Little Libertarians on the prairie.
Book research by Christine Woodside suggests that Laura Ingalls Wilder's daughter, novelist Rose Wilder Lane, secretly ghostwrote the Little House
books as an anti-New Deal fable, according to family journals and letters. Lane was also a friend of Ayn Rand and may have coined the term "libertarian."
in the massively popular frontier history of self-reliance include the land grant that gave 160 acres for a mere filing fee; the loss of their first homestead after borrowing money to save it, and Laura's blind sister receiving education funding from the territorial government (and not from Laura's job as a teacher).
posted by Brian B.
on Nov 3, 2013 -
Meteorologist and climatologist Barbara Mayes Boustead has loved the Little House books since she was a little girl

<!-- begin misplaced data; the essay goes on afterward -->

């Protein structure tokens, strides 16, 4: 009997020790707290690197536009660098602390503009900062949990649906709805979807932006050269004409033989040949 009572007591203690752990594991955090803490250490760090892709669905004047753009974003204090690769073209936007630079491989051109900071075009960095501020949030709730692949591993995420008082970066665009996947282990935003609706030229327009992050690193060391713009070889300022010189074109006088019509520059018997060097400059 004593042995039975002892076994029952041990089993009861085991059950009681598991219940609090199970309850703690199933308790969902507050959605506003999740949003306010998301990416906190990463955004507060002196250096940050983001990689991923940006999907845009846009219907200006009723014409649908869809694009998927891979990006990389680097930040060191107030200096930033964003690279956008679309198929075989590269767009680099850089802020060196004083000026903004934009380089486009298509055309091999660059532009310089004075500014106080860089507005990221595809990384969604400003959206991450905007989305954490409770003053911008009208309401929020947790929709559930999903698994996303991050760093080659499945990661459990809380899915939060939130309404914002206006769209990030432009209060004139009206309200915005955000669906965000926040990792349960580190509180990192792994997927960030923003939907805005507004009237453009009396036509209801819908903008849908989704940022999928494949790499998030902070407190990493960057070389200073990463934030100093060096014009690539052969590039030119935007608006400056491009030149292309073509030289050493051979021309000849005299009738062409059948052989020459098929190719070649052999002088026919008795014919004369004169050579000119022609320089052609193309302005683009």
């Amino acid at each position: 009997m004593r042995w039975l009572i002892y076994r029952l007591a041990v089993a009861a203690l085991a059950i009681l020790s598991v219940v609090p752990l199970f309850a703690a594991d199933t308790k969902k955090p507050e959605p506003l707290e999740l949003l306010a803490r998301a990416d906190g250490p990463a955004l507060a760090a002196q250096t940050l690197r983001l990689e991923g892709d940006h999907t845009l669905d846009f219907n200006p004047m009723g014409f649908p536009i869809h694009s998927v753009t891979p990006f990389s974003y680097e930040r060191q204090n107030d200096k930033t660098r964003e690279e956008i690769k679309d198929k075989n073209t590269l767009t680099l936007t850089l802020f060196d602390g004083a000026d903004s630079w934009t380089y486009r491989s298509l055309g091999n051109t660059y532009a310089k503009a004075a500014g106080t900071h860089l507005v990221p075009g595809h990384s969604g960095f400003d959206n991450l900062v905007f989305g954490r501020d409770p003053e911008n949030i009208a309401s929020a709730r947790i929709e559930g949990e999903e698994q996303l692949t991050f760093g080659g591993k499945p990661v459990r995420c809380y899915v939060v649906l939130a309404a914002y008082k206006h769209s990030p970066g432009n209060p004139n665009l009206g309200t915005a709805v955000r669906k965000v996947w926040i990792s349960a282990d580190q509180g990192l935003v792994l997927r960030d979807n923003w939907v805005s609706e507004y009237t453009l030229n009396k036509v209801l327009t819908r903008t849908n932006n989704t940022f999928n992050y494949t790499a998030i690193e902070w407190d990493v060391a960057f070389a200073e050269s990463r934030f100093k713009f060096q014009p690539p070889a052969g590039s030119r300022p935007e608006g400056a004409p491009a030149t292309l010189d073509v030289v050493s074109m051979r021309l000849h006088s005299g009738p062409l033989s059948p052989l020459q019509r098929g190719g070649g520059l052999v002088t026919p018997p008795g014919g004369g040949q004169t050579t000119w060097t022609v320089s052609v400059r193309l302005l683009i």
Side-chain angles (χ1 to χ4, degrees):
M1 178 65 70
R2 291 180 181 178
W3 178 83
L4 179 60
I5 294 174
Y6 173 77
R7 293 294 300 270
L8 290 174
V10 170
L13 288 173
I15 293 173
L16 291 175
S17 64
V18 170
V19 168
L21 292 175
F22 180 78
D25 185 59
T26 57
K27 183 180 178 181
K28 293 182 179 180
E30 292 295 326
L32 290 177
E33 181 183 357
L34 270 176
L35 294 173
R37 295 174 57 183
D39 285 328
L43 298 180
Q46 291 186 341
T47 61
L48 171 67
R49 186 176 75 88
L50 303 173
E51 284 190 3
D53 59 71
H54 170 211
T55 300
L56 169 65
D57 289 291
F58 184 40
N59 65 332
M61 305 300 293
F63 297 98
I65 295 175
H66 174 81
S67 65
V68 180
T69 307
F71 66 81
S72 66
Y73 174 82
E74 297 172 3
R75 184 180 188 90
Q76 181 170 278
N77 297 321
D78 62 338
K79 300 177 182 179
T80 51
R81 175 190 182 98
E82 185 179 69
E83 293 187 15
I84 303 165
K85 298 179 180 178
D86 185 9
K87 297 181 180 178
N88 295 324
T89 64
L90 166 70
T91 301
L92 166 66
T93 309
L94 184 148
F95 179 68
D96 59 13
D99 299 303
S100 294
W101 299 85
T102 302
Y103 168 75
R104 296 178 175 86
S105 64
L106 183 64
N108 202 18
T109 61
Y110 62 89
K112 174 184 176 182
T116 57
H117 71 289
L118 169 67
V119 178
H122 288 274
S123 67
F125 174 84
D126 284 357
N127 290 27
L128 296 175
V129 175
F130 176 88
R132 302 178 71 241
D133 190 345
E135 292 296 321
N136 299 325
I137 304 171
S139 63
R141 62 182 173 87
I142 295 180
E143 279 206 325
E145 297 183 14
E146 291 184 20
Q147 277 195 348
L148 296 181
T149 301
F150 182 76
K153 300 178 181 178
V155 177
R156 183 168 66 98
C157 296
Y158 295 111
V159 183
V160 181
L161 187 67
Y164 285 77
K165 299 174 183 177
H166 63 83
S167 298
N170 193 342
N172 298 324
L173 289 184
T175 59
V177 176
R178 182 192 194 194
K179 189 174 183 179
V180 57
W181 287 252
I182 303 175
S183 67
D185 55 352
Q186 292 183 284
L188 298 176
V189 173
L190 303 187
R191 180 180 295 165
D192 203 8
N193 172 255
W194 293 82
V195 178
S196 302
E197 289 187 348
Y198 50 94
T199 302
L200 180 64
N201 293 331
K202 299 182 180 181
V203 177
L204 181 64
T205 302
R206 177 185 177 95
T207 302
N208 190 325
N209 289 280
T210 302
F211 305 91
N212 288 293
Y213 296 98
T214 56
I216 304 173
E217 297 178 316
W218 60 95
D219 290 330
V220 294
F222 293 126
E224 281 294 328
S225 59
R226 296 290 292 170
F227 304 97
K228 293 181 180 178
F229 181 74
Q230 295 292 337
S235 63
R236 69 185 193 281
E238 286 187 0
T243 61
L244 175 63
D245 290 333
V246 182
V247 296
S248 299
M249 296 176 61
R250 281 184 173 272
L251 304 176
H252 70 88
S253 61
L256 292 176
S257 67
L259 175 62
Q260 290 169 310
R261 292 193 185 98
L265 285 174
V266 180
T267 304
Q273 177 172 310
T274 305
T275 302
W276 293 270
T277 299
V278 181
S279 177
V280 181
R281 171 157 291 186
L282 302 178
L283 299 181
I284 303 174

. At her blog Wilder Weather, Barbara makes "connections between weather and climate concepts, events during Laura’s time and in her books, and present or future weather and climate concerns
." For example, in October of 1880, a storm is brewing.
"The initial shot of cold air brought near-freezing temperatures and a little bit of precipitation up north on the 14th. The low pressure system deepened on the 15th as it got spinning in eastern Nebraska, pulling cold air around behind it while it brought moisture up from the south. Then, the low pressure just sat there for a while and deepened. As it got deeper, the winds behind it – in eastern South Dakota – got stronger. The storm stayed in the area of northwest Iowa to southern Minnesota
through the 16th, then pulled away into northern Michigan on the 17th, leaving cold air and breezy conditions behind it." And in De Smet, South Dakota, Laura Ingalls and her family settle in for the beginning of the Long Winter
. [more inside]
posted by ChuraChura
on Dec 13, 2012 -